The authors found that there is a ribosomal RNA hyper-modification called 1-methyl-3-α-amino-α-carboxyl-propyl pseudouridine (macpΨ) that is perturbed in human cancers. The modification is 1.5 billion years conserved (all eukaryotes have it, no exceptions). 45% of colorectal cancer (CRC) tumours have a partial loss of this modification, and the same phenotype is seen in >22 distinct types of cancers.
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Between May 4-8, 2020, the UBC Centre for Heart Lung Innovation (HLI) was proud to host the first-ever Faculty of Medicine Career Week virtually via Zoom Webinar. Despite ongoing physical distancing measures due to the COVID-19 pandemic, the HLI Trainee Association, supported by Education Director Dr. Scott Tebbutt and Research & Industry Partnerships Manager Dr. Tony Yang, organized an exciting program of…
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Opinion: In times like these it’s essential to keep our teams of research scientists and engineers engaged and supported. We all hope for a COVID-19 vaccine that will save lives and allow for a full economic and social recovery. Even in this welcome scenario, the economic reactivation and return to community life will be challenging. Canada most likely needs to…
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From life-saving cancer treatments to clean technologies that protect our environment, thousands of research staff in Canada are driving discoveries and innovations that support our well-being and our economy. When we need them the most, many members of Canada’s academic research community have been forced to temporarily suspend their work due to COVID-19. To ensure they can keep their jobs,…
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There’s a system of hormones in our bodies that controls blood pressure called the renin-angiotensin system. The crucial parts, for this story, are: a hormone called angiotensin; and some enzymes that convert it, aka angiotensin converting enzymes – A C E. This is what ACE2 stands for. One of the people who first discovered much of this is Austrian researcher…
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We are pleased to welcome you to our inaugural podcast! We will be producing a series covering topics from COVID-19 to the collapsing honey bee colonies. Our first episode is How Genomics Helped Crack the Code of COVID-19. In the early stages of a pandemic, the world needs answers fast.  Genomics, the mapping of genes, is helping to find those answers…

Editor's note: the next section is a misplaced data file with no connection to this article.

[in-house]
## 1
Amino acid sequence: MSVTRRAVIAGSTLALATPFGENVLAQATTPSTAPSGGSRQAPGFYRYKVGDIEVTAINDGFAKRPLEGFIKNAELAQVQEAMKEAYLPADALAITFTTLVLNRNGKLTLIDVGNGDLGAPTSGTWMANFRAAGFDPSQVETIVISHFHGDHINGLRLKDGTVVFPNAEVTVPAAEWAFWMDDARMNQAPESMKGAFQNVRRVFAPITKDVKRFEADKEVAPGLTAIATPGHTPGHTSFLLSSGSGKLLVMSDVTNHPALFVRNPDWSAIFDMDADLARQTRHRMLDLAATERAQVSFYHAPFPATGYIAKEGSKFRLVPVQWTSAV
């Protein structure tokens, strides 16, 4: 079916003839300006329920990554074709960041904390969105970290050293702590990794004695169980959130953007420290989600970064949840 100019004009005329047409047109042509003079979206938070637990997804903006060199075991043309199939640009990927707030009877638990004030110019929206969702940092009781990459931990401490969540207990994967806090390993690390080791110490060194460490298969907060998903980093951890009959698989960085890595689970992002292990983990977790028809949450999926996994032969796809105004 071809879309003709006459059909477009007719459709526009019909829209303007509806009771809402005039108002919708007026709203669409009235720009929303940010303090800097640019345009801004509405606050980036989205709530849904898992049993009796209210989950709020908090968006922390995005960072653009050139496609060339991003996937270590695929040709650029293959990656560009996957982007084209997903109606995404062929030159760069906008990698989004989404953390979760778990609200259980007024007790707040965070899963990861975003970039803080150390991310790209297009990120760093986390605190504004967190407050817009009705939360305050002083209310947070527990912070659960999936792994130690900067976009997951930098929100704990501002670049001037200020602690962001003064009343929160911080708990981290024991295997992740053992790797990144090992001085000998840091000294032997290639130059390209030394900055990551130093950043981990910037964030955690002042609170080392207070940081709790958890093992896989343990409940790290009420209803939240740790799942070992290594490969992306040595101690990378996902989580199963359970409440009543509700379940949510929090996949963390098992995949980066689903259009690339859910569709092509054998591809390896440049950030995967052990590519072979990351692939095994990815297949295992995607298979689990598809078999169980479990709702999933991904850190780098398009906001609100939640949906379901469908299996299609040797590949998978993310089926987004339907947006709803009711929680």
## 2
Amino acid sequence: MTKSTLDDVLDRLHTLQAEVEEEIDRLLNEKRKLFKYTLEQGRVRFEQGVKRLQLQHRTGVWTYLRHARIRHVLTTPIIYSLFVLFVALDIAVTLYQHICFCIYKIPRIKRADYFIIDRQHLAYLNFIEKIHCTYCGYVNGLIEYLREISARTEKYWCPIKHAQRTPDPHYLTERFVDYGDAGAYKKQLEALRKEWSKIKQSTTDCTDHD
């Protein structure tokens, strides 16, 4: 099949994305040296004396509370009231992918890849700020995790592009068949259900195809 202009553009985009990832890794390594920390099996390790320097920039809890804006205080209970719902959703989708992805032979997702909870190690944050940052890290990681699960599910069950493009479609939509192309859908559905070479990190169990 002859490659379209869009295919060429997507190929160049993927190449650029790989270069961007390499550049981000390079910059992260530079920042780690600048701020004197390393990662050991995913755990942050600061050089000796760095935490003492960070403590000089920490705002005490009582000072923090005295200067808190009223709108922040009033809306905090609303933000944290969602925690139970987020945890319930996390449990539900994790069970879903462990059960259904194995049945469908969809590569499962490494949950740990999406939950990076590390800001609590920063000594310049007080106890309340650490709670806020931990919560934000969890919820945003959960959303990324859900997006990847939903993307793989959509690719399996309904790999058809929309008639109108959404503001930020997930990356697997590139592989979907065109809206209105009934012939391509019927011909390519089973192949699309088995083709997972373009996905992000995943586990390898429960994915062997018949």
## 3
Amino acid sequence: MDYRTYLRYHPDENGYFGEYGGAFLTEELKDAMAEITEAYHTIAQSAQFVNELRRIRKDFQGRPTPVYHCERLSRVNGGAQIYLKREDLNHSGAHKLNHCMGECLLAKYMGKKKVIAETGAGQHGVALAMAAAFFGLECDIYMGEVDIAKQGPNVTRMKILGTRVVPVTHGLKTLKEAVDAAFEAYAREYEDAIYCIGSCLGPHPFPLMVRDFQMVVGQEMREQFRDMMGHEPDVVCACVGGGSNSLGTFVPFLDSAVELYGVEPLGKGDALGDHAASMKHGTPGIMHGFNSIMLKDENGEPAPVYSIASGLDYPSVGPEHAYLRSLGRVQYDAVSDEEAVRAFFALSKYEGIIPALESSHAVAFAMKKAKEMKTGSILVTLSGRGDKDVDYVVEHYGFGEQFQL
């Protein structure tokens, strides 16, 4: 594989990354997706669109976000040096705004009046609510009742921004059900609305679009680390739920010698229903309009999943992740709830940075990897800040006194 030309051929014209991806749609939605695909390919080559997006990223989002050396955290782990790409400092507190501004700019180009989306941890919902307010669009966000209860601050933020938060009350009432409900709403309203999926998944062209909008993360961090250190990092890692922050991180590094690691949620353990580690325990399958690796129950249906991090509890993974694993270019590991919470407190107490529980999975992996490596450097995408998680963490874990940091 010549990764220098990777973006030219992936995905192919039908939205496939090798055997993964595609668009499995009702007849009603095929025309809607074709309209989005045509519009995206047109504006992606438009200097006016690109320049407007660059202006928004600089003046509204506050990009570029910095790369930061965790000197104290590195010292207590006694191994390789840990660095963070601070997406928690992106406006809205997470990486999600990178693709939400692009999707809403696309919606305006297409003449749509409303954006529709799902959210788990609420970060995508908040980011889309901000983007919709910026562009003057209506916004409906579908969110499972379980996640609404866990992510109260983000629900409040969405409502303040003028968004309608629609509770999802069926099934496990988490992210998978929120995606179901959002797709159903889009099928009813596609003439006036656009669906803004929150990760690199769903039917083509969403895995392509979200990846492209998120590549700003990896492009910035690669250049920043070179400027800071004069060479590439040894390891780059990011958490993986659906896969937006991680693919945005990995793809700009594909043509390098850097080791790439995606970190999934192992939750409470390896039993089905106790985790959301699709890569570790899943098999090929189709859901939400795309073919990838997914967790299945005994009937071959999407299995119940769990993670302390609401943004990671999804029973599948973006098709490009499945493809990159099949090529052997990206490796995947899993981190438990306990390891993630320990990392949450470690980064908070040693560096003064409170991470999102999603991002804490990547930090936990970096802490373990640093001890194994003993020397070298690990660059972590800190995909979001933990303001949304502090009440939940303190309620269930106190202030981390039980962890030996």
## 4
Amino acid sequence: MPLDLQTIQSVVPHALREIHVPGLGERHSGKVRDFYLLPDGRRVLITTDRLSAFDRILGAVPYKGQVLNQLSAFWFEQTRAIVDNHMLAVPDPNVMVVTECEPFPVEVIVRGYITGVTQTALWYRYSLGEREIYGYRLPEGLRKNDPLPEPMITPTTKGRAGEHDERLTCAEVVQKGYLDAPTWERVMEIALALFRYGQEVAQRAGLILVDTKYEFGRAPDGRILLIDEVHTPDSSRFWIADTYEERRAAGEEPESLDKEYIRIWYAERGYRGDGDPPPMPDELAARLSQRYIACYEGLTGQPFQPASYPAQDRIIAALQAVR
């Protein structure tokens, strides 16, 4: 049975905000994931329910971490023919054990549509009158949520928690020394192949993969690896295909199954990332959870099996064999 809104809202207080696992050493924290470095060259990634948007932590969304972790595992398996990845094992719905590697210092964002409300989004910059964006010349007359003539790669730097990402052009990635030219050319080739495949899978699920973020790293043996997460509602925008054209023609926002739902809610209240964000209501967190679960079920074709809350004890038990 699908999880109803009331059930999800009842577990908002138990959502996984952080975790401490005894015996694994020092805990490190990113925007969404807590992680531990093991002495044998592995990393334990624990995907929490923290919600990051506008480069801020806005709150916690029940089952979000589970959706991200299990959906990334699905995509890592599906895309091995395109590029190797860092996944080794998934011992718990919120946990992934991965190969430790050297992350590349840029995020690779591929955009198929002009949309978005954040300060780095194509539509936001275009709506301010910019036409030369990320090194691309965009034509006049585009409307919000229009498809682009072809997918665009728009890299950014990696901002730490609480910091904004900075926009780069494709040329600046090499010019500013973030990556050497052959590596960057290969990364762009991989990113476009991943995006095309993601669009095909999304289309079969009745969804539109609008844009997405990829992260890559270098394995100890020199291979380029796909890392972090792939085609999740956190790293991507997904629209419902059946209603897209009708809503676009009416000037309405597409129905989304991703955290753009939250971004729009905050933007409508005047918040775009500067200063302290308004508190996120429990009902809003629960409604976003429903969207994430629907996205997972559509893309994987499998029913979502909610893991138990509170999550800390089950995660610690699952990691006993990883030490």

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It is widely known that age affects a person’s likelihood of receiving a cancer diagnosis, including breast cancer. A study published today in Nature Cancer, highlights a better understanding of the relationship not only between age and breast cancer but also between age related changes in estrogen in the development of breast cancer. “What this study is doing for the first…
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Towards Stem Cell Therapies for Skeletal Muscle Repair

Skeletal muscle is an ideal target for cell therapy. The use of its potent stem cell population in the form of autologous intramuscular transplantation represents a tantalizing strategy to slow the progression of congenital muscle diseases (such as Duchenne Muscular Dystrophy) or regenerate injured tissue following trauma. The syncytial nature of skeletal muscle uniquely permits the engraftment of stem/progenitor cells…
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Detergents are not compatible with mass spectrometry, and their removal from biological samples often results in reduced protein identification. As an alternative to detergents, the authors recently developed the peptidisc membrane mimetic, which allows entrapment of the cell envelope proteome into water-soluble particles, termed a “peptidisc library”. Here, they employed a His-tagged version of the peptidisc peptide scaffold to enrich the reconstituted membrane proteome by affinity chromatography.
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